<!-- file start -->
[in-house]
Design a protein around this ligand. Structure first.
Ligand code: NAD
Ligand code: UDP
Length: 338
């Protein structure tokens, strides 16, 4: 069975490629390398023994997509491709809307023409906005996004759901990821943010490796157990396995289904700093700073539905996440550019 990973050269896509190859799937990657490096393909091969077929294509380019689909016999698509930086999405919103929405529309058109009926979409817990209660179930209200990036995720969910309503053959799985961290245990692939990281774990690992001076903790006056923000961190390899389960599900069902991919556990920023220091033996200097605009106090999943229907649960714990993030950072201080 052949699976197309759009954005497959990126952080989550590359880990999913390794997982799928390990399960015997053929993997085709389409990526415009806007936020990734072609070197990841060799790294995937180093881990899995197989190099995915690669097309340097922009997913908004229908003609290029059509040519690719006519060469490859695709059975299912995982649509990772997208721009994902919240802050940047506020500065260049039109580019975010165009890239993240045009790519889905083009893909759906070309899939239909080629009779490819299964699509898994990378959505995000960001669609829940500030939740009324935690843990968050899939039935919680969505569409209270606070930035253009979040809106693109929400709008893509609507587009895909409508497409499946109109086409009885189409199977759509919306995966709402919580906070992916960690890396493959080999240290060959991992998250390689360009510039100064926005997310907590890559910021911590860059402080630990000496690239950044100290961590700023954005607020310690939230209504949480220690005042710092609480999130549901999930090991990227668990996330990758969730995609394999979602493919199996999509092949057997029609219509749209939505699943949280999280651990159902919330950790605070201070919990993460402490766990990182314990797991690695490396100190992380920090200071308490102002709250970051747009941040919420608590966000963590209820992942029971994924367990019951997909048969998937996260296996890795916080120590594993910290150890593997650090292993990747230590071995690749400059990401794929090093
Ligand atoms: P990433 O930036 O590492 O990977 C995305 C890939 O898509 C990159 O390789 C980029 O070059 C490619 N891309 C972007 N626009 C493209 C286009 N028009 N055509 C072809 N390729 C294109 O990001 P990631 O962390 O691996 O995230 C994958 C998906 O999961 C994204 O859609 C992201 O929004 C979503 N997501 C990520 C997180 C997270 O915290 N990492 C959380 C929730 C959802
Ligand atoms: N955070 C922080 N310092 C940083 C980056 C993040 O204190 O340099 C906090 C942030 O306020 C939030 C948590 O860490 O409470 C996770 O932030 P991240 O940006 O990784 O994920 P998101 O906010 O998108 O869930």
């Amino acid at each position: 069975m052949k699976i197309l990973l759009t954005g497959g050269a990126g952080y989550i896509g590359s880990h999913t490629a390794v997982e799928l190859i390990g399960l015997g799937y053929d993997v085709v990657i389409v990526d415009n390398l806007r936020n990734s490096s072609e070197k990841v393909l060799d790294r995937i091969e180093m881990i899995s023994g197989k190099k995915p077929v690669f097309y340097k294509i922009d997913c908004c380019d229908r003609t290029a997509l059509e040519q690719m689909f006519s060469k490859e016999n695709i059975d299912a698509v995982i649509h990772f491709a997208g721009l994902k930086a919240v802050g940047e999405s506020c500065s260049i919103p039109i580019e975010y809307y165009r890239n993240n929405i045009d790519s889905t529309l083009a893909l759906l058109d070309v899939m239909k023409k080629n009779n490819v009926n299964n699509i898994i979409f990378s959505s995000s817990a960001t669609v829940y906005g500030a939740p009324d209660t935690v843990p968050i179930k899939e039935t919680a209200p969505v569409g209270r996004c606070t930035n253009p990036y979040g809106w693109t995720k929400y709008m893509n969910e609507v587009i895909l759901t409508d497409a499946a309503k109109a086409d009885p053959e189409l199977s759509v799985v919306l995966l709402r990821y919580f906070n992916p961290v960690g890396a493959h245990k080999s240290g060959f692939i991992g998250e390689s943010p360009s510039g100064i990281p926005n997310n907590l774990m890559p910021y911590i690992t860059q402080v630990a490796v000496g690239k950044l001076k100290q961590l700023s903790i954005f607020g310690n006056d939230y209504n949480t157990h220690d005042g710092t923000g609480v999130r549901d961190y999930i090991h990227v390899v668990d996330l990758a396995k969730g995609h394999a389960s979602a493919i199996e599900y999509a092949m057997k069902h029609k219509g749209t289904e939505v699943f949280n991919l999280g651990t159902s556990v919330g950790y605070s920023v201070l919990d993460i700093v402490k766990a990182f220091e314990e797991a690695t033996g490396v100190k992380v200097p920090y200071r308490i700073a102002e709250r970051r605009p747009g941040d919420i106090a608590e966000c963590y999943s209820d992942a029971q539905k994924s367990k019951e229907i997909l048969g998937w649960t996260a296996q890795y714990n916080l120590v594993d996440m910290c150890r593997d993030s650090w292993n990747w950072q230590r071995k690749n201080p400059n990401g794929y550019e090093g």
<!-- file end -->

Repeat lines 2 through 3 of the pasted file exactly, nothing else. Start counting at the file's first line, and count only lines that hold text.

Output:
Design a protein around this ligand. Structure first.
Ligand code: NAD